"The motives of the revolutionaries are many and varied… and the revolutionary parties were, themselves, an awful muddle.
"This is really why Lenin won in the end, because he'd some idea where he wanted to go. If you take the biggest of the revolutionary parties, it's the Socialist Revolutionaries. And they're hopelessly divided. Do you, as a matter of tactics, try to assassinate the Tsar? Some people say: 'Yes. Because, all right, the police will be down on us, but they will make such a hash of the job, and make everybody feel persecuted, that people will be more revolutionary rather than less revolutionary.'
"Other people said, in the Socialist Revolutionary Party: 'Don't attempt tactics of terror. In the first place, it's immoral. If you try this kind of terror, it will rebound on you.' And so, the Socialist Revolutionaries get terribly divided, and it's very easy for a relatively small, secret police force actually to find out what all these revolutionary parties are doing.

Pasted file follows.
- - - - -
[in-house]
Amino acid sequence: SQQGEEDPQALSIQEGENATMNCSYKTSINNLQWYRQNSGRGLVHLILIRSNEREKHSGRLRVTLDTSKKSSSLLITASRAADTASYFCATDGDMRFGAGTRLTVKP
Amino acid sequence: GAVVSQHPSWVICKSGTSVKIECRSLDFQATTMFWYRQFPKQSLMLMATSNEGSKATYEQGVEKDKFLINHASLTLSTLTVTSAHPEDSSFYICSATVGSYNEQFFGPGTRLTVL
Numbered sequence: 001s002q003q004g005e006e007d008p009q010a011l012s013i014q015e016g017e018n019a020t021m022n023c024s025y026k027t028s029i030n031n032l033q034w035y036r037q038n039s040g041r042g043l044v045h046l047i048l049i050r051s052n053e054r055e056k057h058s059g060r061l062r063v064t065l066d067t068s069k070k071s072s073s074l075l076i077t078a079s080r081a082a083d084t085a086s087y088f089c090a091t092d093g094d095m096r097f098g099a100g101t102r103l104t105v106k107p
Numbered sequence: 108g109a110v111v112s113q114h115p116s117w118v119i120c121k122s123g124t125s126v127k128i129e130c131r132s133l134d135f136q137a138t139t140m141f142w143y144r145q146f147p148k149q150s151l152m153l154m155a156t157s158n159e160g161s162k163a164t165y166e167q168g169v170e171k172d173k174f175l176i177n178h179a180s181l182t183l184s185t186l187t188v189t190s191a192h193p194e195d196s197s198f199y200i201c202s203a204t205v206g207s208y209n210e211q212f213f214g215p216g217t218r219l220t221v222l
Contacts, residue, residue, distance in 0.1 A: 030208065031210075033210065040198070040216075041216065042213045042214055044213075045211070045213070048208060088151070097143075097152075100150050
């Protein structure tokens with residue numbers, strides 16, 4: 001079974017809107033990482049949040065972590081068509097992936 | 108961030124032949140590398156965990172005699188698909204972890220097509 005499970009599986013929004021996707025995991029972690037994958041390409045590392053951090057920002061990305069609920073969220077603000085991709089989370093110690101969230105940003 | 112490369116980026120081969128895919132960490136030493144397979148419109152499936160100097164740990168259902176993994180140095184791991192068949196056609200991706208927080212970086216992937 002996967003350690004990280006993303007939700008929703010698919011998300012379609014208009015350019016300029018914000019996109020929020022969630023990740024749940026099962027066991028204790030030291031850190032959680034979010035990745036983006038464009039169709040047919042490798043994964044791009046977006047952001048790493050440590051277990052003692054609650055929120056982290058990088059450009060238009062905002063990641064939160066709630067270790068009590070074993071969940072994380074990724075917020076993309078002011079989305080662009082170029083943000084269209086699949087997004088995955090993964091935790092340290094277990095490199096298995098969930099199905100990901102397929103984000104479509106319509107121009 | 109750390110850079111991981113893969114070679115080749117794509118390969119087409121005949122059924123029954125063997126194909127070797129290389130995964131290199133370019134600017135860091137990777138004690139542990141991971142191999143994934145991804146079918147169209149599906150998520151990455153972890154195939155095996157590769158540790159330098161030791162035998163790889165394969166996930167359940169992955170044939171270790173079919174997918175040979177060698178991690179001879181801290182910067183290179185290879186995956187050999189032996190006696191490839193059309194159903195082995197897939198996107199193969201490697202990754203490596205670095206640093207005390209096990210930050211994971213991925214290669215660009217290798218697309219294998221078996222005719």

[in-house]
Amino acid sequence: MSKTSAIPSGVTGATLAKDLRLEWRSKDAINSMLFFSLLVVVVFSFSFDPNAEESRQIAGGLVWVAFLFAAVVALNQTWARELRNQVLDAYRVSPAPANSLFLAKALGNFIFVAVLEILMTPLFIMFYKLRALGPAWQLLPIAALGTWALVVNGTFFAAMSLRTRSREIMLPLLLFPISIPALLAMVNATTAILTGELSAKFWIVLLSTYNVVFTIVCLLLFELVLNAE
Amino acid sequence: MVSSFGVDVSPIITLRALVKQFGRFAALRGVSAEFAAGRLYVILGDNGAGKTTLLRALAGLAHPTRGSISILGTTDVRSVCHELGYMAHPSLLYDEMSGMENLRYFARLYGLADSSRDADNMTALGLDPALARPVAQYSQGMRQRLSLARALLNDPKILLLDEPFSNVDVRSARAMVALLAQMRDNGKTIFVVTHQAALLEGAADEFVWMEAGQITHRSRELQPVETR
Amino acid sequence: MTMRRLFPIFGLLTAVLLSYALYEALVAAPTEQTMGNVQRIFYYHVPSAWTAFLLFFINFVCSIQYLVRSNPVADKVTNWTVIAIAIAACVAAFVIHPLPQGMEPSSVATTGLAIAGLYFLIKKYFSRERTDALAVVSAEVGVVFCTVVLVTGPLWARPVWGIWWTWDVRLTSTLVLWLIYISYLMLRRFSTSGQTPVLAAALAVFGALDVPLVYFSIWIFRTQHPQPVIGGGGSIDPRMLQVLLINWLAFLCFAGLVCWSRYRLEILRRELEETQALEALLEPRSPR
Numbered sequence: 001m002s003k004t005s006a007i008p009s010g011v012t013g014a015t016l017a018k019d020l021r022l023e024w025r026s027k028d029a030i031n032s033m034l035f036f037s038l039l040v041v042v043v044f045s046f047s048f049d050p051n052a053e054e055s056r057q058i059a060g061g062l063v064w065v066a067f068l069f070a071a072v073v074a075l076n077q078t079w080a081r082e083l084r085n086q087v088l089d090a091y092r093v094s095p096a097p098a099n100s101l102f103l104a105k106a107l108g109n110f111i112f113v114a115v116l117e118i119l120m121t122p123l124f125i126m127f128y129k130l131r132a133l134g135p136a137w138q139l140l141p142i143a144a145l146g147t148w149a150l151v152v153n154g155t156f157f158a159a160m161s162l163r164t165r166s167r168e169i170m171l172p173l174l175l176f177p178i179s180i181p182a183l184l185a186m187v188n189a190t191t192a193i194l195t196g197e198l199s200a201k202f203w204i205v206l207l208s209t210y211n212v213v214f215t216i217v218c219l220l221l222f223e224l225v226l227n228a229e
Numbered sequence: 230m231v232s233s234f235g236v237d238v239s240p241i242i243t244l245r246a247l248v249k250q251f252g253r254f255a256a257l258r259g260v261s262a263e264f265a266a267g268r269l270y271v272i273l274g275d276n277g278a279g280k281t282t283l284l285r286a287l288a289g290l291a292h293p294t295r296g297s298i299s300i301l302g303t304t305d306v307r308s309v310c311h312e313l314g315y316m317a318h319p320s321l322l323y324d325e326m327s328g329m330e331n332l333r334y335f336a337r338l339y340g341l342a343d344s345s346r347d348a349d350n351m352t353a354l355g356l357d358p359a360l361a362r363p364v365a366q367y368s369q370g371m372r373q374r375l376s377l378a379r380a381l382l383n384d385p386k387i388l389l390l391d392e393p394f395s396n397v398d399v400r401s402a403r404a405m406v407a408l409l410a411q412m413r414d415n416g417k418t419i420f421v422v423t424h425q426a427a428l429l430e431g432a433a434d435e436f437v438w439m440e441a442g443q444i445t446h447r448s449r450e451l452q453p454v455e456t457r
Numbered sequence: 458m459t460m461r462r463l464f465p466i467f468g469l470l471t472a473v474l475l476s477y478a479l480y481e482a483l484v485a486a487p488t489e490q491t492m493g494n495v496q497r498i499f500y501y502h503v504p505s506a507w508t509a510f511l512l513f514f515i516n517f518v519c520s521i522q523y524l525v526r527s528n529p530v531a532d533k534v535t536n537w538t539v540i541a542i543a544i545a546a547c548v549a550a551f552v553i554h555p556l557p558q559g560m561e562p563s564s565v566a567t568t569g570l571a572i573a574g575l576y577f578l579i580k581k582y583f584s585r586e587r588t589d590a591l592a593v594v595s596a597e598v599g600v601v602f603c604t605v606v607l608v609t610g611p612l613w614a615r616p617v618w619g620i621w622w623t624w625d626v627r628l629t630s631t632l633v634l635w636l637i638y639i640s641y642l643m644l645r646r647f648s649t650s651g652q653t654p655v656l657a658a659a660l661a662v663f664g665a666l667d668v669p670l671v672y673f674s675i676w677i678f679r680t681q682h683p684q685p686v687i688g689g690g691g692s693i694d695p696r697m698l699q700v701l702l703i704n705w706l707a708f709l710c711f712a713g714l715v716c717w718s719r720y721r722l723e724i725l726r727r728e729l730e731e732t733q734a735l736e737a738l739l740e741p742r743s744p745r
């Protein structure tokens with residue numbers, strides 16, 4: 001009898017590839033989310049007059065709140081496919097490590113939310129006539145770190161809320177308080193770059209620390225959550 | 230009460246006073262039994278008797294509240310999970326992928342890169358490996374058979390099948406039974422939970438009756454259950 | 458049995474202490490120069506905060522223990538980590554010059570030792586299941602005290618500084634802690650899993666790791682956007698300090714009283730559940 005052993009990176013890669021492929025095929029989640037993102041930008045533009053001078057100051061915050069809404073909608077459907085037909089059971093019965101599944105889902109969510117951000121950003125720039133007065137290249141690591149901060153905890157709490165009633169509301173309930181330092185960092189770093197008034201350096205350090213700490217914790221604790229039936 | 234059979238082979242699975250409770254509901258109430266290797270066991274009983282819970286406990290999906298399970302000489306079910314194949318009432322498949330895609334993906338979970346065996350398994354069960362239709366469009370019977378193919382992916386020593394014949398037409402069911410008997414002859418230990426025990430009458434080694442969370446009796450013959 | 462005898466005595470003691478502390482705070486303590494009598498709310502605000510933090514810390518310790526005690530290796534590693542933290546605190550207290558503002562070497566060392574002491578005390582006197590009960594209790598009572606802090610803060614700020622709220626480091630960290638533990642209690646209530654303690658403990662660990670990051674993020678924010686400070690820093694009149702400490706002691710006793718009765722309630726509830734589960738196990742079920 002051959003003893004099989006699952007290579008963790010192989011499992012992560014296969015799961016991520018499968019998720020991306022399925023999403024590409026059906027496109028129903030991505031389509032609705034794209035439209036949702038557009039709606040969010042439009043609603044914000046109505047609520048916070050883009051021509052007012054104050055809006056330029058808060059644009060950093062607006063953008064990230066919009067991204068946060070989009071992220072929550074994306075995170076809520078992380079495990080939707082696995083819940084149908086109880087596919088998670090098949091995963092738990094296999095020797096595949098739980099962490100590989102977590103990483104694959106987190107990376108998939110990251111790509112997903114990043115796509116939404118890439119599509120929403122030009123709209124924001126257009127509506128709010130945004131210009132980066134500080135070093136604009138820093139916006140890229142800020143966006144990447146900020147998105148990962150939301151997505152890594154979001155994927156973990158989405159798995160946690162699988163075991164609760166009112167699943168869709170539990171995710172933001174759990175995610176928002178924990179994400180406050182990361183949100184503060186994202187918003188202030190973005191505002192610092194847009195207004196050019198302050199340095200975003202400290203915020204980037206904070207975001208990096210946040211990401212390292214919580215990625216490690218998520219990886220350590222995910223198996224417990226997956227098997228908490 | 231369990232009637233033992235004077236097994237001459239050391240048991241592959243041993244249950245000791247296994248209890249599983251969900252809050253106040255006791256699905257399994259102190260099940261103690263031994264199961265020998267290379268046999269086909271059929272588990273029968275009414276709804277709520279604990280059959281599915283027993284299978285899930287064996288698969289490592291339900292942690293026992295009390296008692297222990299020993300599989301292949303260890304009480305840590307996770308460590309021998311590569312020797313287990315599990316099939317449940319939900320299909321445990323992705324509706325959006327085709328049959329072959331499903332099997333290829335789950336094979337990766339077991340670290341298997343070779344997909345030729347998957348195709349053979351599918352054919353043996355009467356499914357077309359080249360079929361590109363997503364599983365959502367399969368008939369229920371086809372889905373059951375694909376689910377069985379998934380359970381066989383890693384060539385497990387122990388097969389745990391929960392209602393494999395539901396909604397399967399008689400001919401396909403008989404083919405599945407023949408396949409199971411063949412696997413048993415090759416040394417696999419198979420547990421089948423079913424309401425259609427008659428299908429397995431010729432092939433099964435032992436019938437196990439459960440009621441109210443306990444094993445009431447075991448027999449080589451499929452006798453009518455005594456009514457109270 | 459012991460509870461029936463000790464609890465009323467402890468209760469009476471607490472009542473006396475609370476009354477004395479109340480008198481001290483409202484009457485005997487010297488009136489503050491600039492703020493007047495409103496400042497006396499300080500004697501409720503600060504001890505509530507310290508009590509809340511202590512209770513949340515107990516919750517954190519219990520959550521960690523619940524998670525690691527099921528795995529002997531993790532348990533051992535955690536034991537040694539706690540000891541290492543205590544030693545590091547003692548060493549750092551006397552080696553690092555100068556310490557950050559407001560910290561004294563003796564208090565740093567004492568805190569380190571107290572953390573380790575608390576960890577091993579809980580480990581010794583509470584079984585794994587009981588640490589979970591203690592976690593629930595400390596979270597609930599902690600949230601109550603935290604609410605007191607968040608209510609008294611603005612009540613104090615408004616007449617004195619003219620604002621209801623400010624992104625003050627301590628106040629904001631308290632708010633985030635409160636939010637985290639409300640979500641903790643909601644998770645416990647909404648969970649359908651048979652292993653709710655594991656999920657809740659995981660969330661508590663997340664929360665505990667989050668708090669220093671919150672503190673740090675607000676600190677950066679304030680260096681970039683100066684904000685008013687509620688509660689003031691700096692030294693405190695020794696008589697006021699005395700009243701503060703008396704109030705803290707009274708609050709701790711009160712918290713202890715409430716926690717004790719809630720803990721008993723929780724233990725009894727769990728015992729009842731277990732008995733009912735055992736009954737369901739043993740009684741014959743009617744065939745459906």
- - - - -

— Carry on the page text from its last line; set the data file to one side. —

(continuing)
"The secret police in Tsarist Russia consisted of hardly more than thirty-six people.
"I think 1905, is several revolutions all wrapped into one. You have got, first of all, the nationality problem – which from the Russian perspective, we can now see. You've got people who say: 'We're not Russians. We're Ukrainians. We're Estonians. We're Latvians.' So you've got the nationality problem coming up, and that is an absolute back-up point into the heart of the Tsarist system."